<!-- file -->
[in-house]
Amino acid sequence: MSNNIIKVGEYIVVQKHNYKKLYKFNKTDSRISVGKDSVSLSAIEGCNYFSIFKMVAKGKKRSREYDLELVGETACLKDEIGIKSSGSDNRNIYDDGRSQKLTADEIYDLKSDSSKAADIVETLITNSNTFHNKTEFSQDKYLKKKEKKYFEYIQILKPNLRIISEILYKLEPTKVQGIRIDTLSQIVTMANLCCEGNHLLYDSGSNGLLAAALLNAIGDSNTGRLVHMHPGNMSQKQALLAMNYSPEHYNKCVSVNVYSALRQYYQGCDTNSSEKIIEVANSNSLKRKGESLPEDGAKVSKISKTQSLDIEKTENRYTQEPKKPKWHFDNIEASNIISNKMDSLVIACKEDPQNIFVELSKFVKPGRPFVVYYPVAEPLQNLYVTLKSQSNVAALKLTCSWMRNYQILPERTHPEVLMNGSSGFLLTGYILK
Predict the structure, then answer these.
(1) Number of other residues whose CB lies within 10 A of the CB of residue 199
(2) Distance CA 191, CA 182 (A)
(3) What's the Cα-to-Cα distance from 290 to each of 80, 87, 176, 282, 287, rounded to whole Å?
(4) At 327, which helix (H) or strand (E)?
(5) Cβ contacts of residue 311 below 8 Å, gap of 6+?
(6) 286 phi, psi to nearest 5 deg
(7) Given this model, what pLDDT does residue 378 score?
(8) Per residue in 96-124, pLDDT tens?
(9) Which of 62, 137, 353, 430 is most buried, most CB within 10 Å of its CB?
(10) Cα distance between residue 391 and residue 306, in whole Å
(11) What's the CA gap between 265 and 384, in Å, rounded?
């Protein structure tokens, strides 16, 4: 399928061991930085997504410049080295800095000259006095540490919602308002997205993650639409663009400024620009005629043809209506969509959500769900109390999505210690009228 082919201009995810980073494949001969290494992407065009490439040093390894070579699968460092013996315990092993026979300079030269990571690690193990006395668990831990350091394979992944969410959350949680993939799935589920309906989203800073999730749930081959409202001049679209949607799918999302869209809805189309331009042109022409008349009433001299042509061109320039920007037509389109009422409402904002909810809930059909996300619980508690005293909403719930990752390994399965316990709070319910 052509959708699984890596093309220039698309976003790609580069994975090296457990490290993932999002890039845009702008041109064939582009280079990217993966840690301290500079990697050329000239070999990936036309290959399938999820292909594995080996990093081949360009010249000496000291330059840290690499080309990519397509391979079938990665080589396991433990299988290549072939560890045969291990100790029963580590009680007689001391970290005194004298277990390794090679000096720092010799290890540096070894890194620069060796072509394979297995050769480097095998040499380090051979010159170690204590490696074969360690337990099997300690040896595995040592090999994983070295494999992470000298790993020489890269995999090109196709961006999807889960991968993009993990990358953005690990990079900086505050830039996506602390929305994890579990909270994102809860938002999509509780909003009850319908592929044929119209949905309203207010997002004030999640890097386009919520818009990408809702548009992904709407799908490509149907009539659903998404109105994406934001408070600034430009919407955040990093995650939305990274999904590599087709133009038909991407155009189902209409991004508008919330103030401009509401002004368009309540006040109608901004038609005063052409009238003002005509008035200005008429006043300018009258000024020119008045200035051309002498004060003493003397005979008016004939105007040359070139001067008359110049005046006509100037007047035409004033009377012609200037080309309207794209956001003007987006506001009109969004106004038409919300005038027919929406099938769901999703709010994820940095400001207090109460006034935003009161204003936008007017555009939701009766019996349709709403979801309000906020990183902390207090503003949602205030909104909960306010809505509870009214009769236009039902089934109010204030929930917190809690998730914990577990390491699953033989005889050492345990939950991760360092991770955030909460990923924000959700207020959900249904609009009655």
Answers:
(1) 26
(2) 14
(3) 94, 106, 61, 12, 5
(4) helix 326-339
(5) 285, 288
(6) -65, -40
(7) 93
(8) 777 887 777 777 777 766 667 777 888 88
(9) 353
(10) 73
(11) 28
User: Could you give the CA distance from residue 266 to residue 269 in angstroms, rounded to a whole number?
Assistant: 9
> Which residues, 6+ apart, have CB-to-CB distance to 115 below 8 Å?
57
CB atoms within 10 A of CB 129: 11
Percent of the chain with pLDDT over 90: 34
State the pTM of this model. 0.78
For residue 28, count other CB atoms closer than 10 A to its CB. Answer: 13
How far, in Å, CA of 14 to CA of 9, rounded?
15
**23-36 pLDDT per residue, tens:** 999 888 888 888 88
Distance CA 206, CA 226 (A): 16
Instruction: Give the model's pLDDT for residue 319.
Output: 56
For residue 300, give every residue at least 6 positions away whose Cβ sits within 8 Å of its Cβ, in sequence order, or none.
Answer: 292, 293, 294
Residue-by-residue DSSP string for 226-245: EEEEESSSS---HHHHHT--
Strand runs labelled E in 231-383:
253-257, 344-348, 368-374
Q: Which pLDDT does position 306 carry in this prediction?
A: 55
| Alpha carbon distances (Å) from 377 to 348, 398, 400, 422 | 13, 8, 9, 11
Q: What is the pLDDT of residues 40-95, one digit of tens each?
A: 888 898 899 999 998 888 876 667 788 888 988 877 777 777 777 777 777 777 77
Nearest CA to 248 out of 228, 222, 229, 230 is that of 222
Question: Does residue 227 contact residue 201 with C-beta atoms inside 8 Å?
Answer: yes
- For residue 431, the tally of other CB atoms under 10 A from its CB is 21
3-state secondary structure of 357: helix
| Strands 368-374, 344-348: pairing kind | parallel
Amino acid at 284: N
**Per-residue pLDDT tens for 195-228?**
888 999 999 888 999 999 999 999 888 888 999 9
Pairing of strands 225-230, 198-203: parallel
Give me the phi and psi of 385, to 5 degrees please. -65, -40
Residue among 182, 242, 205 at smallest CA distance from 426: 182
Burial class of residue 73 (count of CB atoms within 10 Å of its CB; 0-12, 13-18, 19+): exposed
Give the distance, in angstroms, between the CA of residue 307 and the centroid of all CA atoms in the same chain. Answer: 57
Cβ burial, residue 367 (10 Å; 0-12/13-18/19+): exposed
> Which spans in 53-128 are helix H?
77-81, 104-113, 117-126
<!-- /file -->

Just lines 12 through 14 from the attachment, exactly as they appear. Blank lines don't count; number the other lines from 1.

(9) Which of 62, 137, 353, 430 is most buried, most CB within 10 Å of its CB?
(10) Cα distance between residue 391 and residue 306, in whole Å
(11) What's the CA gap between 265 and 384, in Å, rounded?